Avoid Identity Theft, Shred CDs and DVDs Too
Identity theft is a hot topic now that thieves are even searching junkyards to recover hard disk drives from old PCs or other data carriers that have been dumped there. There’s a lot of invaluable information to be found on those, giving insight not just into your passwords but also into other personal information that you wouldn’t want to share with others. Since you can never be 100% certain that erased data is really erased beyond recovery, the best way to make sure your data remains private is to shred the data carriers just like you shred a piece of paper.
Most people are well aware of the risk of throwing away old documents that contain personal information. That’s why most companies, as well as private individuals, have invested in paper shredders that make sure personal documents can’t be read by people that find them on a garbage dump, paper recycling plant, or simply in your garbage container.
But what many non-technical people don’t realize is that, when you erase data on a data carrier, it’s not really erased. The computer merely writes a piece of information onto the carrier to indicate that the data to be erased should not be accessed anymore. It’s virtually erased, but in many cases it’s still there to be accessed by anyone who can bypass the access restriction written by the computer – and that’s not hard to do: There are a lot of freely downloadable programs that do this. Even if you don’t store your bank account data and passwords on those carriers, there’s lots of information in those thousands of files on a CD, giving a cyber criminal invaluable information to use as a basis for some “social engineering”. They can then try to use some of that info to impersonate you in a phone call and get to know even more about you – in the end leading to identity theft and access to your accounts if you’re unlucky.
The good news is that nowadays many paper shredders can also shred CDs, DVDs, and credit cards (if you tried it, you know that they're not easy to break with your bare hands). And out of the little fragments that remain, even the best-equipped cyber criminal probably won’t be able to retrieve any information anymore. So, when you invest in a paper shredder, invest in a model that also shreds your data carriers. And if you live in an area with a separate garbage collection for recycling purposes, think of the environment and make sure that the shredder you buy has a separate waste bin for the shredded paper and for the data carriers. I’ve found some models of this type from Swordfish and Fellowes, but there are certainly others around.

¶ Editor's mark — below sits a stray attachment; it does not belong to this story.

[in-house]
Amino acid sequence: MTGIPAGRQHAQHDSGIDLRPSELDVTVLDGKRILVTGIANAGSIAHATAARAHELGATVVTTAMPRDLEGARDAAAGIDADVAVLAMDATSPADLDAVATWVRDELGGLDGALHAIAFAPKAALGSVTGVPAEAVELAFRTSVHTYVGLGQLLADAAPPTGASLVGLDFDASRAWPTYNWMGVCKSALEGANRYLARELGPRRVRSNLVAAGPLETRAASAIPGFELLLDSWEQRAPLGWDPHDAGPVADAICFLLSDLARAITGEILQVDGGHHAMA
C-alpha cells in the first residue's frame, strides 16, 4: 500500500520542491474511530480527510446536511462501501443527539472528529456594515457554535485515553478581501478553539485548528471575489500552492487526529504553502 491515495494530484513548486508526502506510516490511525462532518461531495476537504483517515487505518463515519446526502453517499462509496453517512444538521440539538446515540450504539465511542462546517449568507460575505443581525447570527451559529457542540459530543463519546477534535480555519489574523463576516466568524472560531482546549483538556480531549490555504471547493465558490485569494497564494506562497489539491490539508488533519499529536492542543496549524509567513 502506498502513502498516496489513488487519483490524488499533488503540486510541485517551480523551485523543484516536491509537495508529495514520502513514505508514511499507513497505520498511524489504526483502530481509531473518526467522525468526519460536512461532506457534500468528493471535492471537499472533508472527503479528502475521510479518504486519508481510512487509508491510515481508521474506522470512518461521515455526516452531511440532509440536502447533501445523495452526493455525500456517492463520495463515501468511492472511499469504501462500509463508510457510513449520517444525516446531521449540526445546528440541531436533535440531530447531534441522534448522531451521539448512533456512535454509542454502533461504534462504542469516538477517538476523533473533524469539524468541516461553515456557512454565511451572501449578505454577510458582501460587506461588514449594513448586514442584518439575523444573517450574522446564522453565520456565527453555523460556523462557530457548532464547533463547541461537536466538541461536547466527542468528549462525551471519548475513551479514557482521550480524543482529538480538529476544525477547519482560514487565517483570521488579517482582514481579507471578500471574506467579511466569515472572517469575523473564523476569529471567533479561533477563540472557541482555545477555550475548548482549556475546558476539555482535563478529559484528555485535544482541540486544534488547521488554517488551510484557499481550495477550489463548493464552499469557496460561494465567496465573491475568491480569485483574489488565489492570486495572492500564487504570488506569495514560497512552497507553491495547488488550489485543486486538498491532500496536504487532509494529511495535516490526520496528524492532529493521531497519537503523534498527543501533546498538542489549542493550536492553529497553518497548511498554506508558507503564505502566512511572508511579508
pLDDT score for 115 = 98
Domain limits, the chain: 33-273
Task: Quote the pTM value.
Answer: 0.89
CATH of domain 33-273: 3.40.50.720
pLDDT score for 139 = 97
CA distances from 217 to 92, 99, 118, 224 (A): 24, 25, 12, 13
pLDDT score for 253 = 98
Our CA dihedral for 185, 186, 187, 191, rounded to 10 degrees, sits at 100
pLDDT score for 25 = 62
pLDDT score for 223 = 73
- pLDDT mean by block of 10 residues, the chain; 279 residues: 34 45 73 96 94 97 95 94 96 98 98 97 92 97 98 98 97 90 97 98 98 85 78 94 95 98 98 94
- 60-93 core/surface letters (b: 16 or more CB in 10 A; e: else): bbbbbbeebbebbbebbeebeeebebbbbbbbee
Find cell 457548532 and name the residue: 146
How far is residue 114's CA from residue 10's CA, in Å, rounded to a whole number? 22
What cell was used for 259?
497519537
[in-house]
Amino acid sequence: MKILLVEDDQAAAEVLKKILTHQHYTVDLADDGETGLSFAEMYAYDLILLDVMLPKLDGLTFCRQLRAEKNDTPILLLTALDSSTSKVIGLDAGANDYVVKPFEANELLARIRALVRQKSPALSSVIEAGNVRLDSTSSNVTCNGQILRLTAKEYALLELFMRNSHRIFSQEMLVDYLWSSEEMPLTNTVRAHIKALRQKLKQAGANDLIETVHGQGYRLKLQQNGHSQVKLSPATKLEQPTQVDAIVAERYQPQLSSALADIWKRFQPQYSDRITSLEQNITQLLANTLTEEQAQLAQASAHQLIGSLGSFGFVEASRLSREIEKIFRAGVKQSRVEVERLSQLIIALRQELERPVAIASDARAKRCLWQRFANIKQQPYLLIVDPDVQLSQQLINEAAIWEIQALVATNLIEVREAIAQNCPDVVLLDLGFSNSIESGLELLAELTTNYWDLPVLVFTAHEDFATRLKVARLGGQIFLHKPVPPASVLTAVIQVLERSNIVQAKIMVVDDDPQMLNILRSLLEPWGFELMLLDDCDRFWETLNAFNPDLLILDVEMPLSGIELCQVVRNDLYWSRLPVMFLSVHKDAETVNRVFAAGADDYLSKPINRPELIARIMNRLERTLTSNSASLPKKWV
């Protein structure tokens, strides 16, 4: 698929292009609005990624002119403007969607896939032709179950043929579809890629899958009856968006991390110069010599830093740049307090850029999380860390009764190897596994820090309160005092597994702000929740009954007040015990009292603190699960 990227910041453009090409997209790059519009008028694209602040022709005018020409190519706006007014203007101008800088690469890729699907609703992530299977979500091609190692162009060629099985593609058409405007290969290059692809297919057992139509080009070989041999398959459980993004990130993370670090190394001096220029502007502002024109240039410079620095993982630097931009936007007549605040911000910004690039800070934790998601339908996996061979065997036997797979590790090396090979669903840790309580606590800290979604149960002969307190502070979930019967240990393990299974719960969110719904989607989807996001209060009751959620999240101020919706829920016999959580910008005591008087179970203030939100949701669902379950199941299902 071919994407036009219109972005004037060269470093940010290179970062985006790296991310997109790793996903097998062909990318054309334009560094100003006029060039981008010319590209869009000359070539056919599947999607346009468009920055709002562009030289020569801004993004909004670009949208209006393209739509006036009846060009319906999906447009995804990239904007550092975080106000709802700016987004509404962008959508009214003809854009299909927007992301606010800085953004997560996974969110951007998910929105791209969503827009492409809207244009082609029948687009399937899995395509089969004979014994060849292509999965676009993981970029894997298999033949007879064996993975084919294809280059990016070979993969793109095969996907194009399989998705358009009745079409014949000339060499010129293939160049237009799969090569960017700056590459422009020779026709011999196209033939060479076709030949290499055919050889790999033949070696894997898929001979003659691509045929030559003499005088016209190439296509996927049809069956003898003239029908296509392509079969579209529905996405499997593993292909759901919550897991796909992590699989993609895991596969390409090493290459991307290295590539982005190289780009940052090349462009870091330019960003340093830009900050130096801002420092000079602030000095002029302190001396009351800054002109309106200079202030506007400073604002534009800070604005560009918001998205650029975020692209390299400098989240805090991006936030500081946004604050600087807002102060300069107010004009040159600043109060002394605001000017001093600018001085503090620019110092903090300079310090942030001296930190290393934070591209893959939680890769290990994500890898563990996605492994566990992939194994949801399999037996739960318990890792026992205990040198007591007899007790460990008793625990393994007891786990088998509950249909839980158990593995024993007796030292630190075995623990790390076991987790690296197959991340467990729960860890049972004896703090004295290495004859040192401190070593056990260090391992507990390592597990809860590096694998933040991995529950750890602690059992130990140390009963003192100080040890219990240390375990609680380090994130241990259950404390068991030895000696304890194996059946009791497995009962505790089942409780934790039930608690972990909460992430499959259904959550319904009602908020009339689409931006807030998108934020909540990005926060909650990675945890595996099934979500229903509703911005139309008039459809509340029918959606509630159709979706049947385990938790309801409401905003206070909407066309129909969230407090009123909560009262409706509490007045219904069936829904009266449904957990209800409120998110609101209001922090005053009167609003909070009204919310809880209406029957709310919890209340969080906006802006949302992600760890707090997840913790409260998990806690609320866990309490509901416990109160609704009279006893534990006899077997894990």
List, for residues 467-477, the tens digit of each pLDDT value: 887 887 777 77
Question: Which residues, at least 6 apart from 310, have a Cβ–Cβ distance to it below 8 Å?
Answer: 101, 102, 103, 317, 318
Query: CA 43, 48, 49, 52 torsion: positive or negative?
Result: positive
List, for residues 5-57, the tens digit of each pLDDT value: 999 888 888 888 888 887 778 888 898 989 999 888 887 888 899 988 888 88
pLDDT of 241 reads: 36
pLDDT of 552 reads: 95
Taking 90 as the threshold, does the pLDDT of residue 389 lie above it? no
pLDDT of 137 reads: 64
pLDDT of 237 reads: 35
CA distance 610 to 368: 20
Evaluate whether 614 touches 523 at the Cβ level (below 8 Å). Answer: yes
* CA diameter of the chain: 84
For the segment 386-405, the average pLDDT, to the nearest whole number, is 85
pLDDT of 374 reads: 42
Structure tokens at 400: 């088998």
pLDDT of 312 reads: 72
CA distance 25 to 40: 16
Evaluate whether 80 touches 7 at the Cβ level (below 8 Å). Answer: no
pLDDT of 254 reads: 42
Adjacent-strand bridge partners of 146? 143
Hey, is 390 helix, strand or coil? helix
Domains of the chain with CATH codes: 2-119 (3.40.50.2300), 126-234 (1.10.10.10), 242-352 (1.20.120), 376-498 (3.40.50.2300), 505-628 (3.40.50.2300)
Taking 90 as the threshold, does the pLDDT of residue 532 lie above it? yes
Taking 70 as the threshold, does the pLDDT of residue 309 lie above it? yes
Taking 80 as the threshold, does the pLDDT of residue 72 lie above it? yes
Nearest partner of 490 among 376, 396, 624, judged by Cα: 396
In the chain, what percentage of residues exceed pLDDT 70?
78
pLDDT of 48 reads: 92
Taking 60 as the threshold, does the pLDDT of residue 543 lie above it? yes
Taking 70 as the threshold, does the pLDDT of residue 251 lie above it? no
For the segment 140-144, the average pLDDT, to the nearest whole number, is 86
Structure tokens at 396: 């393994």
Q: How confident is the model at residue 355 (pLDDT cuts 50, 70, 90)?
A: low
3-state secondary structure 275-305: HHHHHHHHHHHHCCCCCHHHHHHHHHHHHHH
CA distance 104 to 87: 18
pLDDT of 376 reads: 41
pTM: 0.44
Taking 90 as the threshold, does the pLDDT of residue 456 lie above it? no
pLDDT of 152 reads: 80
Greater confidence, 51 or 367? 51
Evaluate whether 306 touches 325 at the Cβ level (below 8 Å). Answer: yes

Here’s an ad by one of the manufacturers:
- New paper shredders also shred CDs, DVDs, and credit cards
- Avoid identity theft
- Make sure nobody recovers deleted information from your data carriers
- Some models have separate bins for paper and plastic, allowing for recycling
- Range from affordable home models up to heavy duty office shredders.
A data carrier that's at least as risky as CDs or DVDs is the well-established USB flash drive or memory stick. Probably millions of those get lost each year, with gigabytes of confidential information on them. Protect you data and consider investment in one of the new secure USB flash drives.
When you throw away an old PC or send it in for recycling, always open up the PC and take the hard disk out, because this disk contains information from years of use, allowing cyber criminals to use your information for all kinds of scams, including identity theft. You can’t shred that one, so you’ll have to physically destroy the disk, using whatever you have at hand. You’ll find sufficient how-to information on the Internet.
Where to buy
There are many models available from many stores – click here to search for models with separate paper and plastic bins.
There’s one for every budget and for every requirement, from occasional home use to heavy-duty office use.
Approx. price: $30–$3000 (May 09).
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